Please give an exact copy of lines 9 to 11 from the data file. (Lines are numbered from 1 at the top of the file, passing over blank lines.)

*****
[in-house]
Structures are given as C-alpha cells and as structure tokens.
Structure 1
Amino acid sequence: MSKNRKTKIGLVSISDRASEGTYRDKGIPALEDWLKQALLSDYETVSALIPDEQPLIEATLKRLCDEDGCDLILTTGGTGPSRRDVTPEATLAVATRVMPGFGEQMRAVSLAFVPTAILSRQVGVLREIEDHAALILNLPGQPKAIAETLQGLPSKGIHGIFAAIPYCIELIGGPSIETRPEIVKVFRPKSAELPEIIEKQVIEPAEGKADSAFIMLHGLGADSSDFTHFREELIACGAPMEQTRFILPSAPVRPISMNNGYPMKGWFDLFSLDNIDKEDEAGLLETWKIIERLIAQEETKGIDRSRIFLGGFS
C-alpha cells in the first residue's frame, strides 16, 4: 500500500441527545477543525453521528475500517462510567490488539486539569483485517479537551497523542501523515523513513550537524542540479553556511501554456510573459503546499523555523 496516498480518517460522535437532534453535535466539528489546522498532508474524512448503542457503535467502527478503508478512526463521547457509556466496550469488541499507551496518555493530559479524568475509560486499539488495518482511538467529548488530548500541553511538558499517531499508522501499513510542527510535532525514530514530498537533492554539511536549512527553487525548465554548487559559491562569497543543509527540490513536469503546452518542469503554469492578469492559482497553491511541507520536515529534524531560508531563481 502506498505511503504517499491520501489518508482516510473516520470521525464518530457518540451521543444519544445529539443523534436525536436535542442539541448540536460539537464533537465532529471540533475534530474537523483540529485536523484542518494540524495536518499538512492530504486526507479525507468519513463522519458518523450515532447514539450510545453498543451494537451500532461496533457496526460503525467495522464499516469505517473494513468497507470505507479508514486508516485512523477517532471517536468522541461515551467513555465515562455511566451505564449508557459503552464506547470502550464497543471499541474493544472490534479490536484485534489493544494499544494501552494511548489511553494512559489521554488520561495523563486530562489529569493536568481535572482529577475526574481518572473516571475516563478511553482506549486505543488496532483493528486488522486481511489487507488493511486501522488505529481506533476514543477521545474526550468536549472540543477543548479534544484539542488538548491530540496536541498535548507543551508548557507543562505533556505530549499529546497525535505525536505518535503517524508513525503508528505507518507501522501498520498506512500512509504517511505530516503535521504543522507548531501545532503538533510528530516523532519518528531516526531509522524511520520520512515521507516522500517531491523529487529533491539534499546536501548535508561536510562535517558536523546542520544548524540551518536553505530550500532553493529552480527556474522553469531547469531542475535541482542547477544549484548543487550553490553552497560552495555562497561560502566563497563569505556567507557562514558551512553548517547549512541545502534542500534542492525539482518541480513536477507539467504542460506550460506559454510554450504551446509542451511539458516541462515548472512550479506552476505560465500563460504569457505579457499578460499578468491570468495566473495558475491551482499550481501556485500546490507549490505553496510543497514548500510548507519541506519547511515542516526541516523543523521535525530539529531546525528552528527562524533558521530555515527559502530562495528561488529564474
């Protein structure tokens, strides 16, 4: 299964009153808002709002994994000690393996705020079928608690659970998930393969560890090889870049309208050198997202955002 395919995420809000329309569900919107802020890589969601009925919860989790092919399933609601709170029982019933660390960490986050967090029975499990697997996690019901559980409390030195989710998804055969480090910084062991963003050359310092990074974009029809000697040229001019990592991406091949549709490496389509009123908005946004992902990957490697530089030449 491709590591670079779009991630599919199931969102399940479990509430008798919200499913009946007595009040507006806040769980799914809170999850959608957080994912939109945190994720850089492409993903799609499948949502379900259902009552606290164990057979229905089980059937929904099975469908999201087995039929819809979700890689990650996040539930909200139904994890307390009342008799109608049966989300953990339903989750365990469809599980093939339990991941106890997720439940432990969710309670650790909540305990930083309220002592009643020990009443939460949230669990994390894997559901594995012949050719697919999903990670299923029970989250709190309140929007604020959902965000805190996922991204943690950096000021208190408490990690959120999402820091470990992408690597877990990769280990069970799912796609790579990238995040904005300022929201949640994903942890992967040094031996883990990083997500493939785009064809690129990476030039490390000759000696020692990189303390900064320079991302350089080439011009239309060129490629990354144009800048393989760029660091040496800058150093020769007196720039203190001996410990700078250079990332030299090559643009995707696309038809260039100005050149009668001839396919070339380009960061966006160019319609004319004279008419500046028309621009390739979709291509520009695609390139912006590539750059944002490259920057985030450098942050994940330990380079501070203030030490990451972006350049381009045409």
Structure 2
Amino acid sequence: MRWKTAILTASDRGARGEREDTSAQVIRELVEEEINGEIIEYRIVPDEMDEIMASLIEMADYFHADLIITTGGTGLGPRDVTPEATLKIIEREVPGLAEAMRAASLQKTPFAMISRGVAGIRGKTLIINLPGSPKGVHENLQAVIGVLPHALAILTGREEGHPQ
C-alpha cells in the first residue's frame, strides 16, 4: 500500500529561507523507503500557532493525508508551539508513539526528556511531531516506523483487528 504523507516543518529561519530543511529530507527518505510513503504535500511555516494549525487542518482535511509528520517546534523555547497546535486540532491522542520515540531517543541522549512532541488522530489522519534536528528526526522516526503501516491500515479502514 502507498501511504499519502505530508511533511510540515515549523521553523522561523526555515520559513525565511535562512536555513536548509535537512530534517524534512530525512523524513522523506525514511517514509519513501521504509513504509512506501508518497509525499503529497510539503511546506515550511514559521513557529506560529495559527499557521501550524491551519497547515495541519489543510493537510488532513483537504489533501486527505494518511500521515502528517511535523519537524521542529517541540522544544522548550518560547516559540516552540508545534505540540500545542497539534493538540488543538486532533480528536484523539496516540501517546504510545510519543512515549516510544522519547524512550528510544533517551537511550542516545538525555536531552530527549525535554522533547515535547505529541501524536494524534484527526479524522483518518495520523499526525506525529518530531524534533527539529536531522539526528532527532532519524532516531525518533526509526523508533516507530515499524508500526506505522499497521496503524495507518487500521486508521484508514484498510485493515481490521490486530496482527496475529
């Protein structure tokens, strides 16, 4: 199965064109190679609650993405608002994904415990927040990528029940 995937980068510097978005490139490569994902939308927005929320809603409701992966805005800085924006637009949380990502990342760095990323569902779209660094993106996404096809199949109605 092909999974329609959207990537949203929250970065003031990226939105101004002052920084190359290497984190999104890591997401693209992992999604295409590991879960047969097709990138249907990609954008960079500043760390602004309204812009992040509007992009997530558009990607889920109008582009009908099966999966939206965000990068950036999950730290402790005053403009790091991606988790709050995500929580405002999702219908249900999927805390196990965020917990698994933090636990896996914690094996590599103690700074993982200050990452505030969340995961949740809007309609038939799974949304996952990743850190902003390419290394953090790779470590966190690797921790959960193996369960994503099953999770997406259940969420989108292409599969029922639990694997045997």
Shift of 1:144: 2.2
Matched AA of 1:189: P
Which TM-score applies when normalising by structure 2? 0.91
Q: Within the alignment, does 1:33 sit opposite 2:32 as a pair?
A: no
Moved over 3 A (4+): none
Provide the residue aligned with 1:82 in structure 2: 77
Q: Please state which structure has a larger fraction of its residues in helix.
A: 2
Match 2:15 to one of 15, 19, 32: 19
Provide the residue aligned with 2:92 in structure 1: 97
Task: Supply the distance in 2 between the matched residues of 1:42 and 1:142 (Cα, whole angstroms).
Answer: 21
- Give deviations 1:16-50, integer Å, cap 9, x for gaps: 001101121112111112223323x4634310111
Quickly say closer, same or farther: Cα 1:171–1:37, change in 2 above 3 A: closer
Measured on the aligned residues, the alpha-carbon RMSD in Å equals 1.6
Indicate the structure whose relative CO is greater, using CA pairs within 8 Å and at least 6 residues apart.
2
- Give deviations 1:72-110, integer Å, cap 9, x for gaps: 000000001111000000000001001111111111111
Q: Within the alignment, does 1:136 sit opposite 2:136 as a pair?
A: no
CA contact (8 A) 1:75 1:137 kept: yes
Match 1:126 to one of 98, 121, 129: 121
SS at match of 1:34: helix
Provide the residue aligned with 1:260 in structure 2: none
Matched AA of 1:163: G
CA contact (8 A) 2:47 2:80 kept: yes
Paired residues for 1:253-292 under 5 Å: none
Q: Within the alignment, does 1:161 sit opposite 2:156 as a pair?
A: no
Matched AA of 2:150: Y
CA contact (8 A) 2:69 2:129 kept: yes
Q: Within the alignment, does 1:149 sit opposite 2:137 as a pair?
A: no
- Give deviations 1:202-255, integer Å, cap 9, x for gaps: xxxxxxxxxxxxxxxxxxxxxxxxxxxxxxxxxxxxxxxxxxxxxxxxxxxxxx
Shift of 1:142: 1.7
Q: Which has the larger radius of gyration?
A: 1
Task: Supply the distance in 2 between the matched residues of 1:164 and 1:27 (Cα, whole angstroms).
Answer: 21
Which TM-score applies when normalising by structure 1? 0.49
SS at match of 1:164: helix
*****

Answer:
C-alpha cells in the first residue's frame, strides 16, 4: 500500500529561507523507503500557532493525508508551539508513539526528556511531531516506523483487528 504523507516543518529561519530543511529530507527518505510513503504535500511555516494549525487542518482535511509528520517546534523555547497546535486540532491522542520515540531517543541522549512532541488522530489522519534536528528526526522516526503501516491500515479502514 502507498501511504499519502505530508511533511510540515515549523521553523522561523526555515520559513525565511535562512536555513536548509535537512530534517524534512530525512523524513522523506525514511517514509519513501521504509513504509512506501508518497509525499503529497510539503511546506515550511514559521513557529506560529495559527499557521501550524491551519497547515495541519489543510493537510488532513483537504489533501486527505494518511500521515502528517511535523519537524521542529517541540522544544522548550518560547516559540516552540508545534505540540500545542497539534493538540488543538486532533480528536484523539496516540501517546504510545510519543512515549516510544522519547524512550528510544533517551537511550542516545538525555536531552530527549525535554522533547515535547505529541501524536494524534484527526479524522483518518495520523499526525506525529518530531524534533527539529536531522539526528532527532532519524532516531525518533526509526523508533516507530515499524508500526506505522499497521496503524495507518487500521486508521484508514484498510485493515481490521490486530496482527496475529
């Protein structure tokens, strides 16, 4: 199965064109190679609650993405608002994904415990927040990528029940 995937980068510097978005490139490569994902939308927005929320809603409701992966805005800085924006637009949380990502990342760095990323569902779209660094993106996404096809199949109605 092909999974329609959207990537949203929250970065003031990226939105101004002052920084190359290497984190999104890591997401693209992992999604295409590991879960047969097709990138249907990609954008960079500043760390602004309204812009992040509007992009997530558009990607889920109008582009009908099966999966939206965000990068950036999950730290402790005053403009790091991606988790709050995500929580405002999702219908249900999927805390196990965020917990698994933090636990896996914690094996590599103690700074993982200050990452505030969340995961949740809007309609038939799974949304996952990743850190902003390419290394953090790779470590966190690797921790959960193996369960994503099953999770997406259940969420989108292409599969029922639990694997045997």
Shift of 1:144: 2.2